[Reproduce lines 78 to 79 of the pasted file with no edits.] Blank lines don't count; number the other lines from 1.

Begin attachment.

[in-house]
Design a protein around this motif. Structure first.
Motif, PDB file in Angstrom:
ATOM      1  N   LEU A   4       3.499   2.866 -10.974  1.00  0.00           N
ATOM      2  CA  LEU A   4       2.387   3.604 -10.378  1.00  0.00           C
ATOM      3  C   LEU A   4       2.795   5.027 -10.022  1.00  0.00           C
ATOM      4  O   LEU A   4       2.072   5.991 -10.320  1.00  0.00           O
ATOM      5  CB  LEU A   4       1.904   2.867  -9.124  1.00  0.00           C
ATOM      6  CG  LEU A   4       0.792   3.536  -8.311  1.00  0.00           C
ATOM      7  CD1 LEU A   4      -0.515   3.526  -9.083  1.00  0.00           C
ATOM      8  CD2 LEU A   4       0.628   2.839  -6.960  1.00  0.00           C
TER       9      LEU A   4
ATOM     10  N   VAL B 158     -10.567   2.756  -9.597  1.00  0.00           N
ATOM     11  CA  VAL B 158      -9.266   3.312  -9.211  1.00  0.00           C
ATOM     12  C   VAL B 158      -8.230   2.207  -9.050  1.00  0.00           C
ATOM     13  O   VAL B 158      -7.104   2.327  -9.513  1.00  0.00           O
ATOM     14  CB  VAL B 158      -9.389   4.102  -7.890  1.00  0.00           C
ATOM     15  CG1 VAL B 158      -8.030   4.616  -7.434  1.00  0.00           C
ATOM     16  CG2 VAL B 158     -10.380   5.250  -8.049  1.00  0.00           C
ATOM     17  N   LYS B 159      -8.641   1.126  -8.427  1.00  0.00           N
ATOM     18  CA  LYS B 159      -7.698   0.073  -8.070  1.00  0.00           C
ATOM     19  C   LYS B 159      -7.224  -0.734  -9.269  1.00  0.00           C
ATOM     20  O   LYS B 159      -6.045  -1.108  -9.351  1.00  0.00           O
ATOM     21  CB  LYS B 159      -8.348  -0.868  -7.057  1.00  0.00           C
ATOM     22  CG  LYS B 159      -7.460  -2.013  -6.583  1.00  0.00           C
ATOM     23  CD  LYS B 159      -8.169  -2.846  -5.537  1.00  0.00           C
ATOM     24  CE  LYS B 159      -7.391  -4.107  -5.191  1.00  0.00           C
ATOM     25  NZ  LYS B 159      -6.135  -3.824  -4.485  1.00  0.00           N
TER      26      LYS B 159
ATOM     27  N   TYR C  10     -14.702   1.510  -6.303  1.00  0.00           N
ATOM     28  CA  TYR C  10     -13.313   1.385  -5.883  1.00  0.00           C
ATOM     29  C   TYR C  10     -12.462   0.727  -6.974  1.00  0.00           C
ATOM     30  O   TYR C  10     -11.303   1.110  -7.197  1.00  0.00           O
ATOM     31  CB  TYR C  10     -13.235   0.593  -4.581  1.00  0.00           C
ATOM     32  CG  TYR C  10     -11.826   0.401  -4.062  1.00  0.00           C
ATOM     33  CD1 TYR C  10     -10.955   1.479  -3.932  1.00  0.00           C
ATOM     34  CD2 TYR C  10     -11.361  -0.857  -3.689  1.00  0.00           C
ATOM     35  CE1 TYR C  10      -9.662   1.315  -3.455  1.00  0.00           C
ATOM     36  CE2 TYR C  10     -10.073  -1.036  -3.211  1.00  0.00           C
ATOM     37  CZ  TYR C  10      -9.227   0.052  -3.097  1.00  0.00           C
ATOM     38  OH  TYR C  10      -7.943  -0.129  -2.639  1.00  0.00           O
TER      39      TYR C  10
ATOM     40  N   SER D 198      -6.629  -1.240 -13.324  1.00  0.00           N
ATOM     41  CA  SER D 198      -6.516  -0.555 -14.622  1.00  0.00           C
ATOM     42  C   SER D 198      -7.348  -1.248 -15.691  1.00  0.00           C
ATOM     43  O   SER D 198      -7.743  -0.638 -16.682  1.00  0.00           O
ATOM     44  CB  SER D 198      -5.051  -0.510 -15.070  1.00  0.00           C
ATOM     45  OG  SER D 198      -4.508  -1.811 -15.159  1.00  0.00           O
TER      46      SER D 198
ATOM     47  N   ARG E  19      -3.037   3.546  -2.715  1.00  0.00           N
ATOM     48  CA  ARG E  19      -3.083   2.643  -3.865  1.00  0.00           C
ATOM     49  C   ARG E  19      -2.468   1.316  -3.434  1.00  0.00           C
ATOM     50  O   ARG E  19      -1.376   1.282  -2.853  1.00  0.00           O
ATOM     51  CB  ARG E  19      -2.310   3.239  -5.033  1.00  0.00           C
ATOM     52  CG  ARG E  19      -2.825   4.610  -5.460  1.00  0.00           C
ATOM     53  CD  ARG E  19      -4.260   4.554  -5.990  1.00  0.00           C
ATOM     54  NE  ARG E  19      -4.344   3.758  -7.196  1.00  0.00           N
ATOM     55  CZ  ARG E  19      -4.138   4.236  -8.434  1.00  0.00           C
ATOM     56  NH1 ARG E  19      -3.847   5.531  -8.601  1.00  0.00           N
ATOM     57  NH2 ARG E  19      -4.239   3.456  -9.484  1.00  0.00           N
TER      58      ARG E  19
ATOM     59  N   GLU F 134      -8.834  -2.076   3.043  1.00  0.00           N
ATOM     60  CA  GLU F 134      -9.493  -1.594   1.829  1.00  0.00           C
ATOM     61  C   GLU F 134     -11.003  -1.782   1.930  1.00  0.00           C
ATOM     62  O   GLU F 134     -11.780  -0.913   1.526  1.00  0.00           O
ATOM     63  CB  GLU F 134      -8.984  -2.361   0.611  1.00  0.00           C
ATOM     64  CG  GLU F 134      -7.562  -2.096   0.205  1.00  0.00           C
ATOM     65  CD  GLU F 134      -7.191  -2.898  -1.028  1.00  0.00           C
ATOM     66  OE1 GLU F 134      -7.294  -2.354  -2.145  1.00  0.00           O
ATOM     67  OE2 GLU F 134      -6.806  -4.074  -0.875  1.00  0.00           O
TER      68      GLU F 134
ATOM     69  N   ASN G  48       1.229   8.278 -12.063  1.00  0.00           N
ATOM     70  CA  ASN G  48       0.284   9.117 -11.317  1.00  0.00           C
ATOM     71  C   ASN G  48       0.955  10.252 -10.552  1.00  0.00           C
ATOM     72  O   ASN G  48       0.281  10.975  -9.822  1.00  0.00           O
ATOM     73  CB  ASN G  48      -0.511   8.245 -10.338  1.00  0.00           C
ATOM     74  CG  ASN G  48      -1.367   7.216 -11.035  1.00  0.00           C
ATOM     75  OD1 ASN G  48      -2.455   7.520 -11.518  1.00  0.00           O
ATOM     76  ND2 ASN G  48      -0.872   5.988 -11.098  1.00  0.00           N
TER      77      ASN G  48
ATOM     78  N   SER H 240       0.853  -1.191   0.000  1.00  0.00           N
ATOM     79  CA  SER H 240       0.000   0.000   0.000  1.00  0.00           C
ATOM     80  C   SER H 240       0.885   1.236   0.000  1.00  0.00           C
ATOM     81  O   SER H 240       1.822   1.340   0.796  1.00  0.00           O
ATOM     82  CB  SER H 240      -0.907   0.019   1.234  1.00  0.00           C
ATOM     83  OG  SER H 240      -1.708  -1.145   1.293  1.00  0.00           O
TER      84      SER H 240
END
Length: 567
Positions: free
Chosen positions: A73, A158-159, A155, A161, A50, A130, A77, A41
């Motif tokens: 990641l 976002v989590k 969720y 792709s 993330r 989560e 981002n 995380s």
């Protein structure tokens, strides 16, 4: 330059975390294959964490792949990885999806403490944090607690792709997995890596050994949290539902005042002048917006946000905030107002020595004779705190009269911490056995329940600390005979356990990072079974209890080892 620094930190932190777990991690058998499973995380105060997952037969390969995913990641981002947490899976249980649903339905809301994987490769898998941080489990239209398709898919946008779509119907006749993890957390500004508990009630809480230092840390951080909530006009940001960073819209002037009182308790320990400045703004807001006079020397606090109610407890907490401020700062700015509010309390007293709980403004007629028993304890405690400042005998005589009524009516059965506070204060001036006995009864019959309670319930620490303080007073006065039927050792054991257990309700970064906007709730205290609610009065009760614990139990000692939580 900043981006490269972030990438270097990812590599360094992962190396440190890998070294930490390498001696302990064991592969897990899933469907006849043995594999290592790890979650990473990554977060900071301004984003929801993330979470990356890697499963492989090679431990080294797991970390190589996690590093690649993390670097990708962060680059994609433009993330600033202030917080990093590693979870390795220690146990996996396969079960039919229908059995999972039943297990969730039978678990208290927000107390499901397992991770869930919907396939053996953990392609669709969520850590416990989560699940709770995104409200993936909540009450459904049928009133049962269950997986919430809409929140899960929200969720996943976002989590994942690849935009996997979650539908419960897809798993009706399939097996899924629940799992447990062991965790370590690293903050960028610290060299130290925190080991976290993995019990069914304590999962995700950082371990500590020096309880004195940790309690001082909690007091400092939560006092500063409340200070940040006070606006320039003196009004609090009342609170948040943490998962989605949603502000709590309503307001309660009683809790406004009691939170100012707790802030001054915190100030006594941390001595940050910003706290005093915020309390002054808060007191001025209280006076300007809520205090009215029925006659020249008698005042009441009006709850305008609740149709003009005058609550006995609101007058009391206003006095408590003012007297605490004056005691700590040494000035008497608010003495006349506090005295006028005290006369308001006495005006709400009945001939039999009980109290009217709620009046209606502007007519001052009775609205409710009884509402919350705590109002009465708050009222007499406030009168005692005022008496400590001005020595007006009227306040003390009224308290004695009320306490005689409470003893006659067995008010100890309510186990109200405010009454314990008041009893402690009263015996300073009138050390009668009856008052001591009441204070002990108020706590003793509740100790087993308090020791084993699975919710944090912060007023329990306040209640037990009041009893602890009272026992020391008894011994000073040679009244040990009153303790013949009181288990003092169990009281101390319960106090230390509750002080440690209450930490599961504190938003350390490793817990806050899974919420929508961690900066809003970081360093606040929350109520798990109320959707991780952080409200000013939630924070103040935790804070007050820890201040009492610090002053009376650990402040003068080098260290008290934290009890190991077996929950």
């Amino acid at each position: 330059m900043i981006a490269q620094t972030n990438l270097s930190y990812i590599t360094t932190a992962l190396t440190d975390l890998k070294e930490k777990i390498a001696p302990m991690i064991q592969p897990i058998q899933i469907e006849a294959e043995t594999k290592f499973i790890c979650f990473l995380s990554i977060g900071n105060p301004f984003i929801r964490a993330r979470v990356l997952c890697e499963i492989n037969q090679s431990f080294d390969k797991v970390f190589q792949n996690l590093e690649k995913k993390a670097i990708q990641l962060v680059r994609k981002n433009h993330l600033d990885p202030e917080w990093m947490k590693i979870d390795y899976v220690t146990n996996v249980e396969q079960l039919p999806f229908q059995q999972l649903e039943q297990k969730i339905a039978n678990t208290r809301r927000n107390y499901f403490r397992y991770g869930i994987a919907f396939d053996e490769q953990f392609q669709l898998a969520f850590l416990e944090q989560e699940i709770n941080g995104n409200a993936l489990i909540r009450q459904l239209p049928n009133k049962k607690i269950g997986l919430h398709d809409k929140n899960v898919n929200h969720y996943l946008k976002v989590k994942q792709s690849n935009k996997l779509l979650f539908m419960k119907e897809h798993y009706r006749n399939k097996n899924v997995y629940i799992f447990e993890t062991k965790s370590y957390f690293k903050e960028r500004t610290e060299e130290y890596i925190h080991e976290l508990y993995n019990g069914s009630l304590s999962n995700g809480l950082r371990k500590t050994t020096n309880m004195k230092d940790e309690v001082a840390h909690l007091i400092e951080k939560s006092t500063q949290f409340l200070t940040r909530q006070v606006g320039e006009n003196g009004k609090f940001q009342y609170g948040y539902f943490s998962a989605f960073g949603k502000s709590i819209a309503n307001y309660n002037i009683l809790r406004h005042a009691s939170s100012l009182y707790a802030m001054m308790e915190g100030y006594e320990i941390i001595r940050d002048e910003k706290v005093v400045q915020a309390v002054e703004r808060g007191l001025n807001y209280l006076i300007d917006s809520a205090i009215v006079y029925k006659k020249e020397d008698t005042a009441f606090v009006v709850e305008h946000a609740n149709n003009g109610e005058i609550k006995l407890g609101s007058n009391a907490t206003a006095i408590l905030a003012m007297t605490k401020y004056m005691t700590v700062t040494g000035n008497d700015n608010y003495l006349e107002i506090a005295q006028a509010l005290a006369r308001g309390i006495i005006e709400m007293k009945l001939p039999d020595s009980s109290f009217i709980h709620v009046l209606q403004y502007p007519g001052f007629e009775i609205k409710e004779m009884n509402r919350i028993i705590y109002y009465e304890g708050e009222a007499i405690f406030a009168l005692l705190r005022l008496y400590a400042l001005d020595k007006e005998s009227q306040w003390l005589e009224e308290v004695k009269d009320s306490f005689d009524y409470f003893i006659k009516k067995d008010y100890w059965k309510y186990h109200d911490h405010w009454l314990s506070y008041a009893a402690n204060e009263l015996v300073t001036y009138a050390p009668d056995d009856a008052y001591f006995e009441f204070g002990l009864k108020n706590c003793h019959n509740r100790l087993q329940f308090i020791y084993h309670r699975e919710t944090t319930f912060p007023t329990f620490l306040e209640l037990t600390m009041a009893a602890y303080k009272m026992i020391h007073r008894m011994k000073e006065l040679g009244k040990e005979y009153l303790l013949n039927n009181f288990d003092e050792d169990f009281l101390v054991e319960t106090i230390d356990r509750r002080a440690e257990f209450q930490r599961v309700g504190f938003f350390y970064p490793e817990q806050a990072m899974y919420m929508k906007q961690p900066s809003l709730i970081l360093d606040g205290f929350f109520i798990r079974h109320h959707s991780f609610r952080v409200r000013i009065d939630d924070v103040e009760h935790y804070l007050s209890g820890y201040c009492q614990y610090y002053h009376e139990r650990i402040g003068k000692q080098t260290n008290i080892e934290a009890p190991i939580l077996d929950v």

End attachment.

ATOM     75  OD1 ASN G  48      -2.455   7.520 -11.518  1.00  0.00           O
ATOM     76  ND2 ASN G  48      -0.872   5.988 -11.098  1.00  0.00           N